TRMM data was used to create an image of Bingiza's rainfall. The analysis used TRMM's Microwave Imager (TMI) and Precipitation Radar (PR) data. At that time, Bingiza was approaching Madagascar from the Mozambique Channel with additional moderate to heavy rainfall (over 2 inches/50 mm per hour). Extremely heavy rainfall was revealed to be located in a small area near Bingiza's center of circulation.

On February 17 at 0900 UTC (4 a.m. EST), Bingiza's maximum sustained winds were near 40 knots (46 mph/74 kmh) with higher gusts. It was about 220 nautical miles west-southwest of Antananarivo, Madagascar, near 21.0 South and 43.7 East. Bingiza was moving south at 7 knots (8 mph/13 kmh).

Multispectral satellite imagery showed that Bingiza still has strong bands of thunderstorms wrapping around it from the northwest into the southeast quadrant. The low-level center of circulation is partially exposed to outside winds, however. Exposure to outside winds leaves the storm vulnerable for weakening.

A low to mid-level ridge (elongated area of high pressure) located to the northeast of Bingiza is what's guiding it southward, and then it is forecast to track along the ridge and move southeastward in the next day taking it near or over land. Some models show that the storm may meander and remain over water while others take it inland. Whether it stays near the coast or moves inland, Bingiza is still forecast to weaken and is expected to dissipate by the weekend.

Text Credit: Rob Gutro/Hal Pierce, SSAI/NASA's Goddard Space Flight Center, Greenbelt, Md.


February 16, 2011

AIRS image of Bingiza› View larger image
The AIRS instrument that flies aboard NASA's Aqua satellite captured an infrared image of Tropical Storm Bingiza today, Feb. 16 at 10:17 UTC (5:17 a.m. EST) that showed some strong convection (purple) over the west-central coast where thunderstorm cloud-tops were high and dropping moderate to heavy rainfall. Credit: NASA JPL, Ed Olsen
NASA Satellite Sees Tropical Storm Bingiza Hugging the Western Madagascar Coastline

Infrared satellite data from NASA is showing some strong thunderstorms over west-central Madagascar today as Tropical Storm Bingiza continues to hug the western coast of the island nation.

The Atmospheric Infrared Sounder (AIRS) instrument that flies aboard NASA's Aqua satellite captured an infrared image of Tropical Storm Bingiza today, Feb. 16 at 10:17 UTC (5:17 a.m. EST). The image revealed some strong convection over the west-central coast where thunderstorm cloudtops were high and dropping moderate to heavy rainfall. Infrared data can provide temperature information to scientists, which is important as the higher the cloud top, the colder it is, and the stronger the thunderstorm. Cloud top temperatures as cold as or colder than -52 degrees Celsius (-63 Fahrenheit) were evident in today's AIRS data, suggesting strong thunderstorms still existed, despite Bingiza's weakening over the last 24 hours.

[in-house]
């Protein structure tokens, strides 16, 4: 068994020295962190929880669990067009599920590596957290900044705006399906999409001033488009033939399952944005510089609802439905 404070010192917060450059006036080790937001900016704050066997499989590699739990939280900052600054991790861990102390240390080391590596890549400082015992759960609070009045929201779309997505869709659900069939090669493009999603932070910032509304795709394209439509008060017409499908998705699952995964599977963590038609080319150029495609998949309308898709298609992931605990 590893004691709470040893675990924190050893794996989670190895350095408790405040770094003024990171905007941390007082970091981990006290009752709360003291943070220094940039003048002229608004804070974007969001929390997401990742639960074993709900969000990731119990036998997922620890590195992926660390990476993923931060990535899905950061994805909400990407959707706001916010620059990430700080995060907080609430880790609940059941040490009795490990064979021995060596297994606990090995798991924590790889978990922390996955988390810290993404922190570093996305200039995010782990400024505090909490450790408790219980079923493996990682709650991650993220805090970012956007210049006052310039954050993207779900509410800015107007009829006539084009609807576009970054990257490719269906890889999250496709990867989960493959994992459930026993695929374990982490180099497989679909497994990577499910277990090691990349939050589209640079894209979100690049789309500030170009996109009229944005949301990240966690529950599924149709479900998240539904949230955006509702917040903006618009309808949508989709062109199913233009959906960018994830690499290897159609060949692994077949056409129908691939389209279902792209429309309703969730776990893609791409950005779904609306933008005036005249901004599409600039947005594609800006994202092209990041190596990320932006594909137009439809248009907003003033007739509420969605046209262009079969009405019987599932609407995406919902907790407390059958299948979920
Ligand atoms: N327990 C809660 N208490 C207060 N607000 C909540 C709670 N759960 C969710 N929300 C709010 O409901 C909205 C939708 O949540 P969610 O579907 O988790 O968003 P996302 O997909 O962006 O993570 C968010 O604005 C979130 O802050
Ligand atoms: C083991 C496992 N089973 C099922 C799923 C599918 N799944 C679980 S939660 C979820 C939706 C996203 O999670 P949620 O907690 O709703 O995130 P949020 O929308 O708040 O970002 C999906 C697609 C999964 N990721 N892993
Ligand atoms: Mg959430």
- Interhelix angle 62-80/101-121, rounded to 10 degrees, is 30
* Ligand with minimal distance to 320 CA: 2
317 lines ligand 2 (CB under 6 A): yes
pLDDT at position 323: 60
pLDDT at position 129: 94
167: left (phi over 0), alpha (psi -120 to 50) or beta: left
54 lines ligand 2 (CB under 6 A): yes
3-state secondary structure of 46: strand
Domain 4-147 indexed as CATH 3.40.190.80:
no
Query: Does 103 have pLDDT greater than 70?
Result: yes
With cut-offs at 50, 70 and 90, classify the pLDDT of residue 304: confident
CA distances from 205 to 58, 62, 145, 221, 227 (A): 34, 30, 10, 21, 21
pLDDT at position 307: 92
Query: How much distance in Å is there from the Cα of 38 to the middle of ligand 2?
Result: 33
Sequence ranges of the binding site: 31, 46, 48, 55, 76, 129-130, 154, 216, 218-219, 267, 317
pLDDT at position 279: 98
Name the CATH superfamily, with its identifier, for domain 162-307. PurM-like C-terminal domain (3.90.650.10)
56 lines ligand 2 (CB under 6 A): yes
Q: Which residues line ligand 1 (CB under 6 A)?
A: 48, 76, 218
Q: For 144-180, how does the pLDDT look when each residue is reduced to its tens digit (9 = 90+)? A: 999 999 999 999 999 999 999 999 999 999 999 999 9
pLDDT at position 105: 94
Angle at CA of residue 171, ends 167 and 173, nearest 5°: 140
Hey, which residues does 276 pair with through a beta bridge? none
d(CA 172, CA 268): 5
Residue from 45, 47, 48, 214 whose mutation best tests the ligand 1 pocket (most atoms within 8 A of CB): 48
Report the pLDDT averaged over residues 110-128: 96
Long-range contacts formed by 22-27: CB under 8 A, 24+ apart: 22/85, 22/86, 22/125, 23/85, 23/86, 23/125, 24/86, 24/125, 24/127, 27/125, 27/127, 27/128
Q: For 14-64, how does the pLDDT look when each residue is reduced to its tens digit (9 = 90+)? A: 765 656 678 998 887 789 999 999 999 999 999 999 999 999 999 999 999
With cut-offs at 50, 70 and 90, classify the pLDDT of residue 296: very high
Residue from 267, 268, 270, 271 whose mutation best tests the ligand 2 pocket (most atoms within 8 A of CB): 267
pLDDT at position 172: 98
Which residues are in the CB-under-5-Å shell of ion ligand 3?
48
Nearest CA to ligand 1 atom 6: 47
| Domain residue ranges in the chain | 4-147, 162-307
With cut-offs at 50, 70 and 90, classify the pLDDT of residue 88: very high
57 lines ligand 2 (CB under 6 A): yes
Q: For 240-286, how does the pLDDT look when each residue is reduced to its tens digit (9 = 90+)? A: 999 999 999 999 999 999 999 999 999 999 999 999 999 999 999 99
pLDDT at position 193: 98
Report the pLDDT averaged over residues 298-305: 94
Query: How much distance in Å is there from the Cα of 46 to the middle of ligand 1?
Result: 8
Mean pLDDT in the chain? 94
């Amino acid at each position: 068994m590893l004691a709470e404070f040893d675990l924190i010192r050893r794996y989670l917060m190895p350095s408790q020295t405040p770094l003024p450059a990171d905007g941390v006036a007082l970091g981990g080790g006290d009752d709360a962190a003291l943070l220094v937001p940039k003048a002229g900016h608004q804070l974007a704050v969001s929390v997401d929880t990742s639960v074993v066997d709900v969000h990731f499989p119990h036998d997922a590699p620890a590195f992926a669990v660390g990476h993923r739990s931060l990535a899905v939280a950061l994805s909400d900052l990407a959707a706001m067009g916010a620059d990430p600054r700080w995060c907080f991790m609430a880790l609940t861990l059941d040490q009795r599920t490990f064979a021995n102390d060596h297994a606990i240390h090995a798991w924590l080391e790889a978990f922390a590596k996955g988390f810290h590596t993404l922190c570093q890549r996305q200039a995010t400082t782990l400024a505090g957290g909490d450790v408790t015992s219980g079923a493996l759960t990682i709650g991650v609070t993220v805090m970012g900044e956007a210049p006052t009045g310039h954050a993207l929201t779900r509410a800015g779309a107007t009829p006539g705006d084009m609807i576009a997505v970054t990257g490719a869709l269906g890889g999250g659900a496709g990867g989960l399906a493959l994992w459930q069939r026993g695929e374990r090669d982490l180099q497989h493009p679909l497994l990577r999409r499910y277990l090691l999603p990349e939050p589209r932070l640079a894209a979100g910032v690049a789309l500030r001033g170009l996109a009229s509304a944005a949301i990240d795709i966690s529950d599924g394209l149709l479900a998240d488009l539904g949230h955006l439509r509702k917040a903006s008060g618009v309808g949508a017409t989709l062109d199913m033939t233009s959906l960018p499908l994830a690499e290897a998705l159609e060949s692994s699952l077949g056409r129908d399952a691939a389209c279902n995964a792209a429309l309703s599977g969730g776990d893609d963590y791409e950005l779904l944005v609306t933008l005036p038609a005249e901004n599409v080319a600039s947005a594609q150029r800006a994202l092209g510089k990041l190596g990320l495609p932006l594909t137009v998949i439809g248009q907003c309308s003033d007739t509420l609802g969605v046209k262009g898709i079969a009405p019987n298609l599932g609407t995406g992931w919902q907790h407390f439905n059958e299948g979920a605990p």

At 0900 UTC (4 a.m. EST) on Feb. 16, Tropical storm Bingiza's maximum sustained winds were near 35 knots (40 mph/64 kmh). It was centered just off-shore from the town of Tambohorano, Madagascar. That's about 200 miles west-northwest of Antananarivo, near 17.4 South and 43.9 East. The eastern half of Tropical Storm Bingiza was over land, while the western half remained over the Mozambique Channel.

At 12 p.m. EST on Feb. 16, rainfall from Bingiza stretched from Mahajanga in the north through Veromanga to Itondy in the south. Tambohorano, a town located along the western coast reported light rainfall at that time.

Bingiza continues to move to the south-southwest near 5 knots and the Joint Typhoon Warning Center forecast suggests that Bingiza will move inland over southern Madagascar in the next couple of days where it will dissipate.

Text Credit: Rob Gutro, NASA's Goddard Space Flight Center, Greenbelt, Md.


February 15, 2011

AIRS infrared image showing cold thunderstorm cloud tops (purple) to the north and west of Tropical Storm Bingiza › View larger image
NASA's Aqua satellite captured cold thunderstorm cloud tops (purple) to the north and west of the center of Tropical Storm Bingiza in this infrared image of Feb. 15 at 11:11 UTC.
Credit: NASA/JPL, Ed Olsen
AIRS visible image of Tropical Storm Bingiza; the African mainland is on the left and Madagascar is on the right. › View larger image
NASA's Aqua satellite captured this visible image of Tropical Storm Bingiza (center) on Feb. 15 at 11:11 UTC. The African mainland is seen on the left of the image, and Madagascar mostly hidden by Bingiza's clouds on the right.